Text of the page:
What We Do
School counselors are available in every Charles County public elementary, middle and high school. Counselors work with students, parents and school staff to ensure that all students become effective learners, achieve success in school and become contributing members of society.
School counseling programs are guided by the Maryland State Department of Education (MSDE) and follow standards set by the American School Counseling Association. The school counseling program integrates academic achievement, college and career readiness and personal responsibility. Please also contact the school counselor at your child’s school regarding concerns with bullying, harassment, and/or intimidation.
- Elementary School
- Middle School
- High School
- Responding to a Crisis
- Helpful Links for Students and Parents
Elementary school counselors provide classroom lessons on a variety of skills, from decision-making to communication and friendship skills. They also work with small groups of students and individuals on particular topics, as needed. Elementary school counselors can provide a wealth of information to teachers and parents on behavior management and child development issues and can provide referrals to community-based resources.
Middle school counselors assist with registering and transitioning new students, as well as advising parents and students on course scheduling. They provide classroom lessons and small group sessions on particular skills like conflict resolution, and they meet individually with students in need of additional assistance with personal-social issues. They track students who are failing subjects and offer organization, study skills and goal-setting lessons. In the later years of middle school, there is a focus on college and career exploration to assist students in preparing for high school programming.
Middle School Promotion and Retention Policy
Except as provided in Superintendent Rule 5131.33, in order for a sixth, seventh, or eighth grader to be promoted, the student must:
- Pass Language Arts/Reading; and
- Pass Mathematics: and
- Meet one of the following:
- Pass Science and Social Studies and at least one Related Arts course; or
- Pass Science and at least two Related Arts classes; or
- Pass Social Studies and at least two Related Arts classes. Students failing a required core subject during the school year may attend summer school to achieve a passing grade.
Middle School Required Courses
The following subjects are Middle School Core Subjects and Related Arts:
|Family & Consumer Science
High school counselors advise all students on course scheduling, assisting them in making appropriate choices to achieve their future goals. They provide information on programming available in career technology areas, as well as the various levels of academic coursework. They assist with the organization of PSAT/SAT/ACT testing, college/military/business recruitment efforts, scholarship and financial aid opportunities and more. And, as at all levels, they offer counseling services to students who are experiencing problems in any of these areas.
College and career advisors are part of the counseling program in each high school career center. The main focus of these staff members is to provide information to students and their parents on post-high school opportunities. They assist students in the application process for college, arrange opportunities for college, military and business representatives to meet students during the school day, organize the annual college fair, and disseminate information through a monthly newsletter and website.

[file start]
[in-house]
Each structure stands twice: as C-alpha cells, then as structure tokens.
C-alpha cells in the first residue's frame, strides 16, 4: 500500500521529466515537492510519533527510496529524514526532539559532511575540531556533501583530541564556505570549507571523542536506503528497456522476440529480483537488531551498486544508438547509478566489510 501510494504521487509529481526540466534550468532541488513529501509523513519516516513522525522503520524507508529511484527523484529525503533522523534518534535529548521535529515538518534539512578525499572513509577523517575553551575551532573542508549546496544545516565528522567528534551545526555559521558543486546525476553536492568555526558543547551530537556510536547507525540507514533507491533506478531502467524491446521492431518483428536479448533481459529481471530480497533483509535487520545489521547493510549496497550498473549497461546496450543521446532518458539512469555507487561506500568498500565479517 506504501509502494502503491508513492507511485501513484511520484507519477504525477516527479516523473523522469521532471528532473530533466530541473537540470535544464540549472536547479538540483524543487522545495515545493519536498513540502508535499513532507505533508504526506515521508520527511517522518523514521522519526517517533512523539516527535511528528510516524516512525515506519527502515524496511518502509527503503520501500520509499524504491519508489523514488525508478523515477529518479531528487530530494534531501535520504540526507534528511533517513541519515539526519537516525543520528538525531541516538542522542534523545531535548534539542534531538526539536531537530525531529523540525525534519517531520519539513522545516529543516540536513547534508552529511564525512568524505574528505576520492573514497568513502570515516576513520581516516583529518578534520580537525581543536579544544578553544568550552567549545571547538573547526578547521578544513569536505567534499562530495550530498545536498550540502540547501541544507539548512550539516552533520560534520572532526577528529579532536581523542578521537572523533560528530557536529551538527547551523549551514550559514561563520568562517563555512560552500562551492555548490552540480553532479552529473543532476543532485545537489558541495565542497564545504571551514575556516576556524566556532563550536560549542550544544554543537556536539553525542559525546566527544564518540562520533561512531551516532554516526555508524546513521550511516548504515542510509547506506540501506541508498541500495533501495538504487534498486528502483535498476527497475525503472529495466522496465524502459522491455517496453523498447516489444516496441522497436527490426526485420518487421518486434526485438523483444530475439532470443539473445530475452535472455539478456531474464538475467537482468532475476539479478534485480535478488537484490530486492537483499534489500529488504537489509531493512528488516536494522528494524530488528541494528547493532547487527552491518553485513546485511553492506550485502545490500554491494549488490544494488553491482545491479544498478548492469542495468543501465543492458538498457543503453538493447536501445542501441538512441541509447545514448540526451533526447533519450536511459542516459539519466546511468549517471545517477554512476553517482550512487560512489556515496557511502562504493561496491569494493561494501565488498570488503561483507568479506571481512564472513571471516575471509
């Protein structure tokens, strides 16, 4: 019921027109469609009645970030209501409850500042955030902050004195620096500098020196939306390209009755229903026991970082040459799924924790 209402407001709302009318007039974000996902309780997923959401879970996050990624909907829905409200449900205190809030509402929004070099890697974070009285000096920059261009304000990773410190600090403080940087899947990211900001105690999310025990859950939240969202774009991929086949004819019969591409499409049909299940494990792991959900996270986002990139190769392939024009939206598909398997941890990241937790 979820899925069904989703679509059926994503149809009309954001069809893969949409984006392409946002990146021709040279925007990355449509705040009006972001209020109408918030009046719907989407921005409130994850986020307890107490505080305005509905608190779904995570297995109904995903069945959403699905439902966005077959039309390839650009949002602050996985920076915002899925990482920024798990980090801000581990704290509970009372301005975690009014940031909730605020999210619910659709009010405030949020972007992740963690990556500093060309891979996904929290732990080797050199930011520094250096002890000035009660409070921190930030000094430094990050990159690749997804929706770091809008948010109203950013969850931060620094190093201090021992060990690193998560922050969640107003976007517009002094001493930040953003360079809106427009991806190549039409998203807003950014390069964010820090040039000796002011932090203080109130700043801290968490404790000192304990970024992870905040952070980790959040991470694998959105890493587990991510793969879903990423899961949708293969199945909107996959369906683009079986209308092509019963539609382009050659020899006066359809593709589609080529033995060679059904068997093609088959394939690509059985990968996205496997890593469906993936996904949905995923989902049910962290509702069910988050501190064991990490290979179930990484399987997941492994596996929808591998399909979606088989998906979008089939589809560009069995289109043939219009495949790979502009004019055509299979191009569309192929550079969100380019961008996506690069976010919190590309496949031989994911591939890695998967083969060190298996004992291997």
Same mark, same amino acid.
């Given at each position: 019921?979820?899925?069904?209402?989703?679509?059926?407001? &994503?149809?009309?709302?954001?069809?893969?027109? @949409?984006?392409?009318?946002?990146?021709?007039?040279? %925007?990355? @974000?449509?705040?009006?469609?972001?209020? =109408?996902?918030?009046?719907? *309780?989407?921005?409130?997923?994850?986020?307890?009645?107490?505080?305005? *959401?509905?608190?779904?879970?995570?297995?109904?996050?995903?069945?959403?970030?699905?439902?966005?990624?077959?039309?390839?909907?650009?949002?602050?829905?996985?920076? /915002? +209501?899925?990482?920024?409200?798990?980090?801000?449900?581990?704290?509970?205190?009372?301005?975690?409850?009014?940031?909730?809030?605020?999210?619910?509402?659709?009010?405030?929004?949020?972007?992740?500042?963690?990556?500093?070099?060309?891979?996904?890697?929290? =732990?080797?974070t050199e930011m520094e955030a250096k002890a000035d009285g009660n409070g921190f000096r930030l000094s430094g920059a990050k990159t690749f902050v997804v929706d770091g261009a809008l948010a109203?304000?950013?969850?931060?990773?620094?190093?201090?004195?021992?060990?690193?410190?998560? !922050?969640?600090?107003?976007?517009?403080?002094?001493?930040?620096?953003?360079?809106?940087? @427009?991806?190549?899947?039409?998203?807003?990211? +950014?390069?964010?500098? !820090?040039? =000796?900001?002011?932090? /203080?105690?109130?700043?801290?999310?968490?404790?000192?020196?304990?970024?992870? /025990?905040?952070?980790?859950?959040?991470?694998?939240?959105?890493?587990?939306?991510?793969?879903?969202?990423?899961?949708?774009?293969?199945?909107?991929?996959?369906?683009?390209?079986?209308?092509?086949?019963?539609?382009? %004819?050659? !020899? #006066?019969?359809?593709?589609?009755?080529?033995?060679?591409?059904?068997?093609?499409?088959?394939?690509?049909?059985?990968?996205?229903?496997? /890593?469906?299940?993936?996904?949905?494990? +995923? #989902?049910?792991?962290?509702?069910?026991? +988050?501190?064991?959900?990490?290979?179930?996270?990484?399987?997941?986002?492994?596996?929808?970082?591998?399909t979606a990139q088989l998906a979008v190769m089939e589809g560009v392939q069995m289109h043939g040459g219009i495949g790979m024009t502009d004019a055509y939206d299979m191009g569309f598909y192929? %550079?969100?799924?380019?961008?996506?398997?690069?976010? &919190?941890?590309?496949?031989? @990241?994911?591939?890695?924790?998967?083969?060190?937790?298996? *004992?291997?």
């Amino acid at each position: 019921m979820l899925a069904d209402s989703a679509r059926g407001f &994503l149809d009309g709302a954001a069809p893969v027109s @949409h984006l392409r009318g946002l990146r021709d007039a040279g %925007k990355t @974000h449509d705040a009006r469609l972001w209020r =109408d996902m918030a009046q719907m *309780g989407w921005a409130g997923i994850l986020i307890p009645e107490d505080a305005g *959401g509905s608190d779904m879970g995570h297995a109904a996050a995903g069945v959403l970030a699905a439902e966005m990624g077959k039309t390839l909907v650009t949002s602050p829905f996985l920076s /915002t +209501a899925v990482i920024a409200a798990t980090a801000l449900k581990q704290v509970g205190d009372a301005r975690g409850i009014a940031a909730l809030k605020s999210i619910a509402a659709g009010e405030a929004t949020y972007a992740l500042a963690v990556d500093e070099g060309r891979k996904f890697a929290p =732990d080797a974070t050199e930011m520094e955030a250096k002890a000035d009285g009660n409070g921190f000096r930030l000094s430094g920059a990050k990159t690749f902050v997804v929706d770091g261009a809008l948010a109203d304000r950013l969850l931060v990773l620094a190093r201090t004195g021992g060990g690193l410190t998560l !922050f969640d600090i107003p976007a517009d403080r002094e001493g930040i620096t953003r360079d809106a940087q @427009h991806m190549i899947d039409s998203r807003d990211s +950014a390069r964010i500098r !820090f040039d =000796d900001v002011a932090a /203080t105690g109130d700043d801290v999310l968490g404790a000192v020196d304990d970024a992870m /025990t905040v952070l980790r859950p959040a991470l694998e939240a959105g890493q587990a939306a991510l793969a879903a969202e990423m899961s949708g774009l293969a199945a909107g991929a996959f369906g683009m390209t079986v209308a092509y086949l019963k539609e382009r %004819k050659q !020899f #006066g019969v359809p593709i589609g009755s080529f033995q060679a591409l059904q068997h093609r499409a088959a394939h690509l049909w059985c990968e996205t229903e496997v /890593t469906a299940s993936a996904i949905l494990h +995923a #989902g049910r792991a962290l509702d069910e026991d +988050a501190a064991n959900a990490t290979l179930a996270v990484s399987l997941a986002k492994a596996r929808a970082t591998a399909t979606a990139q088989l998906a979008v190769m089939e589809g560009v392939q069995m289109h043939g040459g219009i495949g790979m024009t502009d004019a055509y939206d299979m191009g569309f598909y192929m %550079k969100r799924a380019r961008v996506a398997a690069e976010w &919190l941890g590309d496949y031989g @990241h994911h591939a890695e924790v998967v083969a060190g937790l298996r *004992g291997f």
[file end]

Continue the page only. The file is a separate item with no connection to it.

To be awarded a diploma, a student shall be enrolled in Charles County Public Schools (CCPS) and have earned a minimum of 23 credits that include the following:
Specific Credit Requirement
English (See pages 43-46)
2 in Algebra
Each student shall enroll in a mathematics course in each year of high school that the student attends, up to a maximum of 4 years of attendance, unless in the 5th or 6th year a mathematics course is needed to meet a graduation requirement. A student must earn four math credits, including one with instruction in algebra aligned with the Maryland Comprehensive Assessment for algebra or one or more credits in subsequent mathematics courses for which Algebra I is a prerequisite, and one with instruction in geometry aligned with the content standards for geometry.
Students in PLTW programs/North Point Academy of Health Professionals-CNA, Biotechnology, and Engineering programs ONLY
½ credit Fitness for Life
2 credits of the same World Language
AND any remaining credits in electives OR 3-5 credits through the completion of state-approved career and technical education program AND any remaining credits in electives
The Maryland High School Assessment (MHSAs)
Maryland State Department of Education, Division of Curriculum,
Assessment, & Accountability
MCAP Algebra I
Participate only and pass Algebra I course
MCAP English II
Participate only and pass English II course
MCAP LS MISA
Participate only and pass Biology course MCAP will count as 20% of student’s final grade
Participate only and pass LSN Government course MCAP will count as 20% of student’s final grade
Talking to Children About Violence
From the National Association of School Psychologists (NASP)
NASP has additional information for parents and educators on school safety, violence prevention, children’s trauma reactions, and crisis response at www.nasponline.org. ©2016, National Association of School Psychologists, 4340 East West Highway #402, Bethesda, MD 20814
High profile acts of violence, particularly in schools, can confuse and frighten children who may feel in danger or worry that their friends or loved ones are at risk. They will look to adults for information and guidance on how to react. Parents and school personnel can help children feel safe by establishing a sense of normalcy and security and talking with them about their fears.
- Reassure children that they are safe. Emphasize that schools are very safe. Validate their feelings. Explain that all feelings are okay when a tragedy occurs. Let children talk about their feelings, help put them into perspective, and assist them in expressing these feelings appropriately.